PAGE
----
Mrs I was 36 when she saw a consultant general breast and endocrine surgeon at the Southampton NHS Treatment Centre. She had developed an epigastric hernia following the birth of her twins which was causing her indigestion and a visible lump to appear when she lay flat. She also had some excess skin and the surgeon confirmed that he would be able to perform a repair of her hernia and at the same time remove the excess skin.
On the day of surgery the consultant could not remember who Mrs I was straight away, calling her a different name and advising that he had been given the wrong appointment list. He examined her stomach and initially advised he would not be able to carry out the surgery that he had initially discussed with her as she was much smaller than he remembered. He advised he would be able to remove some of the skin around the umbilical area. He proceeded to make up the loose skin around the umbilical area but did not mark the epigastric hernia itself.
The original consent form was destroyed and Mrs I was asked to sign another without time to fully consider it. The consent form stated she was undergoing a “umbilical hernia repair and revision of skin laxity.”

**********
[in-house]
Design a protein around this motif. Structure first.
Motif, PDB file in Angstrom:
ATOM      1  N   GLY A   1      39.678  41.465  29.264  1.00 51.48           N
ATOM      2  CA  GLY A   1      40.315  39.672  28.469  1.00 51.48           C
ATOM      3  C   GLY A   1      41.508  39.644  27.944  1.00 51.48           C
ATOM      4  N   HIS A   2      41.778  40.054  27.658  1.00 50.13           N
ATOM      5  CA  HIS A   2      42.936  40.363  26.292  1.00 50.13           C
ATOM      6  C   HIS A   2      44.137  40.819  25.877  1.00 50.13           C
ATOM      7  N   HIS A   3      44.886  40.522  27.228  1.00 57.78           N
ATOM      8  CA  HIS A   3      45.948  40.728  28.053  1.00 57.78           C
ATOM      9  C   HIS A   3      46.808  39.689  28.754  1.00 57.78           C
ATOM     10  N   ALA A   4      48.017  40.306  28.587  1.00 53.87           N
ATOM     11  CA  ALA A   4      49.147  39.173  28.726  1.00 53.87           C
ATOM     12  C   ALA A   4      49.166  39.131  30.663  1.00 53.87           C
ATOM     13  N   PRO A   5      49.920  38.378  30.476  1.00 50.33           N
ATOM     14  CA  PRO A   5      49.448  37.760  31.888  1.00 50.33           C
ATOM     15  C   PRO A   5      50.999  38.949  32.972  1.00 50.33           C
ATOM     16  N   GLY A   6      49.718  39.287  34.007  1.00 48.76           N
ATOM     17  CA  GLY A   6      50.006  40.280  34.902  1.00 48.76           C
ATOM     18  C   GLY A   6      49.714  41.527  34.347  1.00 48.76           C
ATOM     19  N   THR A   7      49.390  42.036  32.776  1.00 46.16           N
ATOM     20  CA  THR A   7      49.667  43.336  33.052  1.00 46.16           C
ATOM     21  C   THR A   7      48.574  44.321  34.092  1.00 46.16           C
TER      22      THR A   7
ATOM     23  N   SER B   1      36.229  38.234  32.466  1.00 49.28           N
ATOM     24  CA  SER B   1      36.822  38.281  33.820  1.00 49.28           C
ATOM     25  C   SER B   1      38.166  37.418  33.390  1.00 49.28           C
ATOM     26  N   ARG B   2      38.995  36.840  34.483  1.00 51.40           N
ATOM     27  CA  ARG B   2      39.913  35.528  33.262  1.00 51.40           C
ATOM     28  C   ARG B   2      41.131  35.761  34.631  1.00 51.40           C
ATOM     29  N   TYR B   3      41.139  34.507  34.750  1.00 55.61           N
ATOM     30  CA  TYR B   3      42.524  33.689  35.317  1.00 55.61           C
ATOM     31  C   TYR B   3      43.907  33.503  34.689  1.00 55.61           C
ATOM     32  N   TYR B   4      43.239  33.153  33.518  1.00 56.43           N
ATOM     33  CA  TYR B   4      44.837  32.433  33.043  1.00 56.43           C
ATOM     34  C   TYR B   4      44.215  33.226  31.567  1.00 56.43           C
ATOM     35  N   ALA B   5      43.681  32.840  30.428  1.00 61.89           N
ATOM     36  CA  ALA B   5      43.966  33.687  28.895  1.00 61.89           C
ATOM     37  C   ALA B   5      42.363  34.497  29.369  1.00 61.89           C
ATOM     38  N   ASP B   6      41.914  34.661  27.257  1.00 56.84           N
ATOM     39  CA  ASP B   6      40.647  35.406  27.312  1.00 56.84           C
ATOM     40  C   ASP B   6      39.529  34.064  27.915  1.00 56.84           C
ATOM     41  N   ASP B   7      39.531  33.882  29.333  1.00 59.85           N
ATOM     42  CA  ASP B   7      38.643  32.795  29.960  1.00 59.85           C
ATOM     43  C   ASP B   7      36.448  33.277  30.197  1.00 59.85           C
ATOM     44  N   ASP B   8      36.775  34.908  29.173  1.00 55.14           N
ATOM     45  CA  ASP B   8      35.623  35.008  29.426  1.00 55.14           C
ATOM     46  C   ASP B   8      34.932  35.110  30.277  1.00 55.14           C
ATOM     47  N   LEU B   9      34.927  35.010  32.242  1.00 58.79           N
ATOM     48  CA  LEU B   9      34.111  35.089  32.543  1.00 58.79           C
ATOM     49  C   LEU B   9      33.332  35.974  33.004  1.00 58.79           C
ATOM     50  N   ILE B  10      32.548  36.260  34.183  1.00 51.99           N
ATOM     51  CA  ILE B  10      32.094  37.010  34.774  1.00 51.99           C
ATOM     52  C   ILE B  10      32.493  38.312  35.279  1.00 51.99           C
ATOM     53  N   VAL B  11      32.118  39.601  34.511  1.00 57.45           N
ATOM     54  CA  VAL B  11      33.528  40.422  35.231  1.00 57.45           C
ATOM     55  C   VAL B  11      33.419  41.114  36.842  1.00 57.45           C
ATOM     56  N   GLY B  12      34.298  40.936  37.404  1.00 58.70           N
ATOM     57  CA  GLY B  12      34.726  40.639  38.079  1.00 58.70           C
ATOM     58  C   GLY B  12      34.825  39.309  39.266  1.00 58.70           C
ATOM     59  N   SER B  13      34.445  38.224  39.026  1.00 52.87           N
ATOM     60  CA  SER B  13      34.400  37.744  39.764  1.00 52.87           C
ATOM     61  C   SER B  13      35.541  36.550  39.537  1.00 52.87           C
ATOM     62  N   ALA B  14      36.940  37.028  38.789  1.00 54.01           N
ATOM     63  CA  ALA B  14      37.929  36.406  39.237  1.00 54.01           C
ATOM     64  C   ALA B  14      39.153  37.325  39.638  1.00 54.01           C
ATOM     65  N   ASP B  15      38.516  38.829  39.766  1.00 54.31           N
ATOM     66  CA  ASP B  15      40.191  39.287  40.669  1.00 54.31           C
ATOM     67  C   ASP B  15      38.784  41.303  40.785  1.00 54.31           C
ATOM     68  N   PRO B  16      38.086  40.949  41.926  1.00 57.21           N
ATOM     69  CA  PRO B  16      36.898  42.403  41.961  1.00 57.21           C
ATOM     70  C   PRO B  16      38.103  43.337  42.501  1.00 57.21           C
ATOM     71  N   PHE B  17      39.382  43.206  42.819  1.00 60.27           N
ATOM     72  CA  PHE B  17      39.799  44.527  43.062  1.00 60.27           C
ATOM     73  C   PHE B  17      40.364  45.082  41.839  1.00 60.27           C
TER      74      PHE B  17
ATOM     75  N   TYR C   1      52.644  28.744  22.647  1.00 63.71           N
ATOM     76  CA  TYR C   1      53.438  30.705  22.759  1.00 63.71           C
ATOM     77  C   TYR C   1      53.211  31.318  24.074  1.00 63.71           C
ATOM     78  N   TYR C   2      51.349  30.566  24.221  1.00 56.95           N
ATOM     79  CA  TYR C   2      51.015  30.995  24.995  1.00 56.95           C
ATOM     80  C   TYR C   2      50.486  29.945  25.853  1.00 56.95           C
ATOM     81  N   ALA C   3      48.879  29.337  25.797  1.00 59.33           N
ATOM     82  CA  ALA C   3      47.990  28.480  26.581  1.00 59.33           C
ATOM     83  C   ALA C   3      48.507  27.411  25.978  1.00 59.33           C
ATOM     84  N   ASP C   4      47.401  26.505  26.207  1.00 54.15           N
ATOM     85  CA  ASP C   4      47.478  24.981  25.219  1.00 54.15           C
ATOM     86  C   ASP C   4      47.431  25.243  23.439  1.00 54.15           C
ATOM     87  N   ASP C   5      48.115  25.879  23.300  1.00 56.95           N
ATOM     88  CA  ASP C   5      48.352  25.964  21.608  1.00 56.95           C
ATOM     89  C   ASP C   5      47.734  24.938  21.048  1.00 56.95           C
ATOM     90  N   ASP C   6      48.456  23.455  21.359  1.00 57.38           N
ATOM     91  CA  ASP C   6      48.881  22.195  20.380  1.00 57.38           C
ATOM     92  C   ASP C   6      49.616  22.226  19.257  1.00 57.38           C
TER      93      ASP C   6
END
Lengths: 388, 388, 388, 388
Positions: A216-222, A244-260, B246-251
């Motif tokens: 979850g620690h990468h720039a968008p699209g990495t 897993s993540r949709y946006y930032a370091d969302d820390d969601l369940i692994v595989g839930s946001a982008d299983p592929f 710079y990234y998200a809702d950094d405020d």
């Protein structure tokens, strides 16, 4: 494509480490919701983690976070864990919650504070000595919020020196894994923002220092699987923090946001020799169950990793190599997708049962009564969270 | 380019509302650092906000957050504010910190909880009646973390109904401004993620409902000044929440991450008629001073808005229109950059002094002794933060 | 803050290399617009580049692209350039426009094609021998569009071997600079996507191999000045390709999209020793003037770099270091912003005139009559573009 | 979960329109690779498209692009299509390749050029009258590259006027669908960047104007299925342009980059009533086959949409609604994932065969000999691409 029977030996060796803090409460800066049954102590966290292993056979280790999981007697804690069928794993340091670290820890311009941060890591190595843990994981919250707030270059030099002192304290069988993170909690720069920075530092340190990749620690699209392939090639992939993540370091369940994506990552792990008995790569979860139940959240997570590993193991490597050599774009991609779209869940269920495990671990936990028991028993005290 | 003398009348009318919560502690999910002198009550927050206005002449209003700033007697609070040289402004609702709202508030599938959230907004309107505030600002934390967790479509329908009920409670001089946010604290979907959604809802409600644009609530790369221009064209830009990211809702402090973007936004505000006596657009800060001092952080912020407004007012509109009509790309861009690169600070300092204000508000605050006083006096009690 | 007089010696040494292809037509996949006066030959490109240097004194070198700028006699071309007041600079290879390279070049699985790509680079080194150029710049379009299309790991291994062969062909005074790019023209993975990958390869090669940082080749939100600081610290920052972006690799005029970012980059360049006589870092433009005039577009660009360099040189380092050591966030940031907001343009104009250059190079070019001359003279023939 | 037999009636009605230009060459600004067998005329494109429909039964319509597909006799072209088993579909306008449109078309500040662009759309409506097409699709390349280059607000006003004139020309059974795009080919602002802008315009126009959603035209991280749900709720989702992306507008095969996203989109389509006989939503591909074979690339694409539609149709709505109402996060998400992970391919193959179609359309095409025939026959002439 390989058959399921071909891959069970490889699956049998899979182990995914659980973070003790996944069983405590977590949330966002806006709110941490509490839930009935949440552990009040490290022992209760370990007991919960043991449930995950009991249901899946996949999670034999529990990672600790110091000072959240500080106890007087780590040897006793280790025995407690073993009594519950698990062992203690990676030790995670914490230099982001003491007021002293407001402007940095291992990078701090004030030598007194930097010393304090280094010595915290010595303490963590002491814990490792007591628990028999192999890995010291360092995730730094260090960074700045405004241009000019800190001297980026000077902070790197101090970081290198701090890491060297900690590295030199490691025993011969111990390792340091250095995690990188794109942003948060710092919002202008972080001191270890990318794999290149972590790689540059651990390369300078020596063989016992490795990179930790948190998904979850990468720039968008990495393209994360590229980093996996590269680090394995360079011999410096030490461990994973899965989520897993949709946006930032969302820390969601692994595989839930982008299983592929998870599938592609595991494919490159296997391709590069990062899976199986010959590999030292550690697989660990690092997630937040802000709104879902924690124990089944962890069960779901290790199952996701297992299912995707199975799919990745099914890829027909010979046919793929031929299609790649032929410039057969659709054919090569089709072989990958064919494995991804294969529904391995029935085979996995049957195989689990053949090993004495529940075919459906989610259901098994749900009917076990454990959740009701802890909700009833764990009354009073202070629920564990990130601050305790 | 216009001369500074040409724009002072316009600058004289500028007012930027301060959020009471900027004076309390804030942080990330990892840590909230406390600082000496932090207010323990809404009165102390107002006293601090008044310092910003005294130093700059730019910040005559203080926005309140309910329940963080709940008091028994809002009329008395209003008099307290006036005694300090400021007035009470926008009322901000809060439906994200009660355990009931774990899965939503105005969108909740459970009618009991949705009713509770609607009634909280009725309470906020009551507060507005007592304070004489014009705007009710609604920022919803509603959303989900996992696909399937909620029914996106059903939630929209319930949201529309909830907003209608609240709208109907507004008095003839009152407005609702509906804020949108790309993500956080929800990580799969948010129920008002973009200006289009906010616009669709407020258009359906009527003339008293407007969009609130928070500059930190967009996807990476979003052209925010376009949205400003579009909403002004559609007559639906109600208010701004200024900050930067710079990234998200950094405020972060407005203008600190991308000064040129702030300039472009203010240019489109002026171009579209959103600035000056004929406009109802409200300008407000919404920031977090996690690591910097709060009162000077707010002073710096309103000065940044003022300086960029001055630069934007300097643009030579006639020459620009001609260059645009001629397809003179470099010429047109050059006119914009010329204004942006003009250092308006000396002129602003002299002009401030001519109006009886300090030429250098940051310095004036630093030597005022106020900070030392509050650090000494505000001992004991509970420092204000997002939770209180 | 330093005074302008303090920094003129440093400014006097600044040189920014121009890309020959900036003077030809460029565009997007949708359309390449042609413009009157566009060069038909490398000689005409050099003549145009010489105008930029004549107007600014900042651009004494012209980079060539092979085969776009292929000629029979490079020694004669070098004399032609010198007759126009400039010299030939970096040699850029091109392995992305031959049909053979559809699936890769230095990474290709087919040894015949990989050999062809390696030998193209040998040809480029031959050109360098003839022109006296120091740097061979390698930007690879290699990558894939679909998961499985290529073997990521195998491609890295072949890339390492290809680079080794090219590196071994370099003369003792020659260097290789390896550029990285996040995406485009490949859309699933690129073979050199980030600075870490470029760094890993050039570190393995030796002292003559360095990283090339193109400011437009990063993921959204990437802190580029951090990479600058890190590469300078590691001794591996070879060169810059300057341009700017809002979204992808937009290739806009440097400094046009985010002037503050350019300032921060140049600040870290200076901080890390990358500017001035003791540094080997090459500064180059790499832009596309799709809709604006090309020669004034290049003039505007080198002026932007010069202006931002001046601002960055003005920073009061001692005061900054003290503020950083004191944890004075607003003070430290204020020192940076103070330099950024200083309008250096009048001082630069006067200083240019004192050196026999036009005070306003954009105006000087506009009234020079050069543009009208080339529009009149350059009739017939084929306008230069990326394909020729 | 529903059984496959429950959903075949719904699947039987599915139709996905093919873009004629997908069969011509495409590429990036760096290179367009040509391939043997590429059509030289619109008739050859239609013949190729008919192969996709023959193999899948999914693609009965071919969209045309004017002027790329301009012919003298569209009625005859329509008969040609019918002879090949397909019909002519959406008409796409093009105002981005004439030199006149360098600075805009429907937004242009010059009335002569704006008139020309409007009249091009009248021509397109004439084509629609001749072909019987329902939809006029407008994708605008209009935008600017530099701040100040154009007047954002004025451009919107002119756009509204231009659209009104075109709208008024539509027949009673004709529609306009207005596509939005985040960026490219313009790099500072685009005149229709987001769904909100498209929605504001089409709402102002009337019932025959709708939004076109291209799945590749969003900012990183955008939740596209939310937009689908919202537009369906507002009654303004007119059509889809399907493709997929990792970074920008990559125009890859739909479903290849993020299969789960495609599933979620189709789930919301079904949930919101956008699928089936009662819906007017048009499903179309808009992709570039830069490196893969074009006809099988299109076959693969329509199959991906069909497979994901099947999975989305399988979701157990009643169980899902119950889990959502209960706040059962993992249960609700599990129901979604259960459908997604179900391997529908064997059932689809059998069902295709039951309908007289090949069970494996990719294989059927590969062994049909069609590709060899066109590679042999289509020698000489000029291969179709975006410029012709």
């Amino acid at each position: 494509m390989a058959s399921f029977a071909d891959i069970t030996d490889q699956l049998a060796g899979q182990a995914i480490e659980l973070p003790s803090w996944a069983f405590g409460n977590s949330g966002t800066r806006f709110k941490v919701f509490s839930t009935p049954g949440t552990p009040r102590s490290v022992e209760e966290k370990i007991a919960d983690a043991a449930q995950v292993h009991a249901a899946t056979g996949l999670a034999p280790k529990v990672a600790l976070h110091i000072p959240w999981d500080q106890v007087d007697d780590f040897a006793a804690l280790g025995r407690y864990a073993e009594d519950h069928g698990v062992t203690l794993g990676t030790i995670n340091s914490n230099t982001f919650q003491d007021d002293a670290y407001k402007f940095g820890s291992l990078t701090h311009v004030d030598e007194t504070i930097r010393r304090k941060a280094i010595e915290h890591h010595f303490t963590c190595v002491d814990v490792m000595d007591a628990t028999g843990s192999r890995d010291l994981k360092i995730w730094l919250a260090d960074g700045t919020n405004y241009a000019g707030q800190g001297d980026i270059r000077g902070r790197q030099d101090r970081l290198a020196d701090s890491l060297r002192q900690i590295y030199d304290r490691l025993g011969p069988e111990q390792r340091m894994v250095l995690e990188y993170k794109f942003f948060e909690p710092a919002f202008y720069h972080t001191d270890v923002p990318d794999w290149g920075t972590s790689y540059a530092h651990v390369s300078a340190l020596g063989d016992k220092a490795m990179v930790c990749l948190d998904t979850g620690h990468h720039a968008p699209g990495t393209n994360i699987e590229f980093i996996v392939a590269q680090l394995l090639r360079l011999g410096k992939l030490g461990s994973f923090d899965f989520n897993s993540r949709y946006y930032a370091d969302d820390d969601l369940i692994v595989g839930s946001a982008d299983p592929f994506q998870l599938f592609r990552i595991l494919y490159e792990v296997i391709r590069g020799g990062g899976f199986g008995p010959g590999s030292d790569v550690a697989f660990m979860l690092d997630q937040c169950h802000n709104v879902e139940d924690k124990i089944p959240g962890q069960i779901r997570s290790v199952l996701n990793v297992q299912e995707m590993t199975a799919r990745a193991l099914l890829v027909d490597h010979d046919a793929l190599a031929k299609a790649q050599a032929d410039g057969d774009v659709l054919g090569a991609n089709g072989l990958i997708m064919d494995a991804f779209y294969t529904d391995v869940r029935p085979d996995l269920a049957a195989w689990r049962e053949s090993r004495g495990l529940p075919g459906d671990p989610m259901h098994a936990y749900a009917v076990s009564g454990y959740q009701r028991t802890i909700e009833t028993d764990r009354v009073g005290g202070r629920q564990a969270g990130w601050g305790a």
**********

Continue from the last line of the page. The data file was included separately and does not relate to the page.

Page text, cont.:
The surgery went ahead, however the surgeon failed to undertake a repair to Mrs I’s epigastric hernia and instead performed an umbilical hernia repair. He also did not perform any excision of the excess skin.
Post-operatively Mrs I was in a lot of pain. It was not until a week later that she contacted the 24 hour helpline as she was concerned that her epigastric hernia was still protruding. She also pointed out that the hernia was epigastric but that the discharge letter stated supra-umbilical hernia.
She was reviewed for a second opinion after being told she would need to undergo a further repair. She was seen at the Royal Hampshire County Hospital where the consultant noted she still had an easily reducible epigastric hernia and that her supra-umbilical incision was massive with a poor aesthetic result.
She was seen by a private consultant at the Spire Portsmouth Hospital after this and underwent an abdominoplasty and repair of the epigastric hernia.
Mrs I was left with a permanent scar in the epigastrium rather than a more cosmetic transverse supra-pubic scar that would have resulted if she had undergone an abdominoplasty from the beginning. The revision abdominoplasty she did eventually undergo had to be performed by a midline approach due to the first surgery she had undergone. As a result she has been left with permanent abdominal scarring and psychiatric injury with mild depression.
Jennifer Waight was instructed by Mrs I to bring a claim for damages for her pain and suffering. After obtaining expert evidence and considerable negotiation Jennifer was able to successfully obtain an out-of-court settlement of £22,500 to compensate the claimant for their pain and suffering.
Jennifer specialises in general surgery cases. If you would like to ask Jennifer a question about a potential case, or if you have a general query about any personal injury, contact Jennifer at Thomson Snell & Passmore solicitors on 01892 701374 in confidence.